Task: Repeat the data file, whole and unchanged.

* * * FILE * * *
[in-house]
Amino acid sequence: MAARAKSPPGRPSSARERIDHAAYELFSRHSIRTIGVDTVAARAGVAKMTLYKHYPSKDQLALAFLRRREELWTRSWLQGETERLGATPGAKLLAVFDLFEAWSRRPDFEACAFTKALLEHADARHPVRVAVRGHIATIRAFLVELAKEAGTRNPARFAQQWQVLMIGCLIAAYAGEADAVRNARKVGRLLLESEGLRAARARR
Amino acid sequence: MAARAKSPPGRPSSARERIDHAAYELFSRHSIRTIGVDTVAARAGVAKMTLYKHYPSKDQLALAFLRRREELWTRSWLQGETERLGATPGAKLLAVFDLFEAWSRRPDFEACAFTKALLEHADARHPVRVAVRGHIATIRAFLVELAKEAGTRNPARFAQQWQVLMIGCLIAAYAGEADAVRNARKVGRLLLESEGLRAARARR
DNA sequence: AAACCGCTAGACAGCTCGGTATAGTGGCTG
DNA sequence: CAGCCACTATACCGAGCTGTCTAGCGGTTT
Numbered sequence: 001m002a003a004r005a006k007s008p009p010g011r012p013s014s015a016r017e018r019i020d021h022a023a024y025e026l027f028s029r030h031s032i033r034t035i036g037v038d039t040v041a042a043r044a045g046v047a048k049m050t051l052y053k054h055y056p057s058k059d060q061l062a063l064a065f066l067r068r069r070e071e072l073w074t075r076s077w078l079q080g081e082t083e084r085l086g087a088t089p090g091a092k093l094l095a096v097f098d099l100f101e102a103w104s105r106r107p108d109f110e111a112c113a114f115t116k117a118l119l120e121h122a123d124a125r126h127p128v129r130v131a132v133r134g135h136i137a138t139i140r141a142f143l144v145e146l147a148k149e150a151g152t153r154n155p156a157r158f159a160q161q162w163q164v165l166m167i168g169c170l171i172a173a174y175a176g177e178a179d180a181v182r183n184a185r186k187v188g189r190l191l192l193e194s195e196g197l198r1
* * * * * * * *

[in-house]
Amino acid sequence: MAARAKSPPGRPSSARERIDHAAYELFSRHSIRTIGVDTVAARAGVAKMTLYKHYPSKDQLALAFLRRREELWTRSWLQGETERLGATPGAKLLAVFDLFEAWSRRPDFEACAFTKALLEHADARHPVRVAVRGHIATIRAFLVELAKEAGTRNPARFAQQWQVLMIGCLIAAYAGEADAVRNARKVGRLLLESEGLRAARARR
Amino acid sequence: MAARAKSPPGRPSSARERIDHAAYELFSRHSIRTIGVDTVAARAGVAKMTLYKHYPSKDQLALAFLRRREELWTRSWLQGETERLGATPGAKLLAVFDLFEAWSRRPDFEACAFTKALLEHADARHPVRVAVRGHIATIRAFLVELAKEAGTRNPARFAQQWQVLMIGCLIAAYAGEADAVRNARKVGRLLLESEGLRAARARR
DNA sequence: AAACCGCTAGACAGCTCGGTATAGTGGCTG
DNA sequence: CAGCCACTATACCGAGCTGTCTAGCGGTTT
Numbered sequence: 001m002a003a004r005a006k007s008p009p010g011r012p013s014s015a016r017e018r019i020d021h022a023a024y025e026l027f028s029r030h031s032i033r034t035i036g037v038d039t040v041a042a043r044a045g046v047a048k049m050t051l052y053k054h055y056p057s058k059d060q061l062a063l064a065f066l067r068r069r070e071e072l073w074t075r076s077w078l079q080g081e082t083e084r085l086g087a088t089p090g091a092k093l094l095a096v097f098d099l100f101e102a103w104s105r106r107p108d109f110e111a112c113a114f115t116k117a118l119l120e121h122a123d124a125r126h127p128v129r130v131a132v133r134g135h136i137a138t139i140r141a142f143l144v145e146l147a148k149e150a151g152t153r154n155p156a157r158f159a160q161q162w163q164v165l166m167i168g169c170l171i172a173a174y175a176g177e178a179d180a181v182r183n184a185r186k187v188g189r190l191l192l193e194s195e196g197l198r1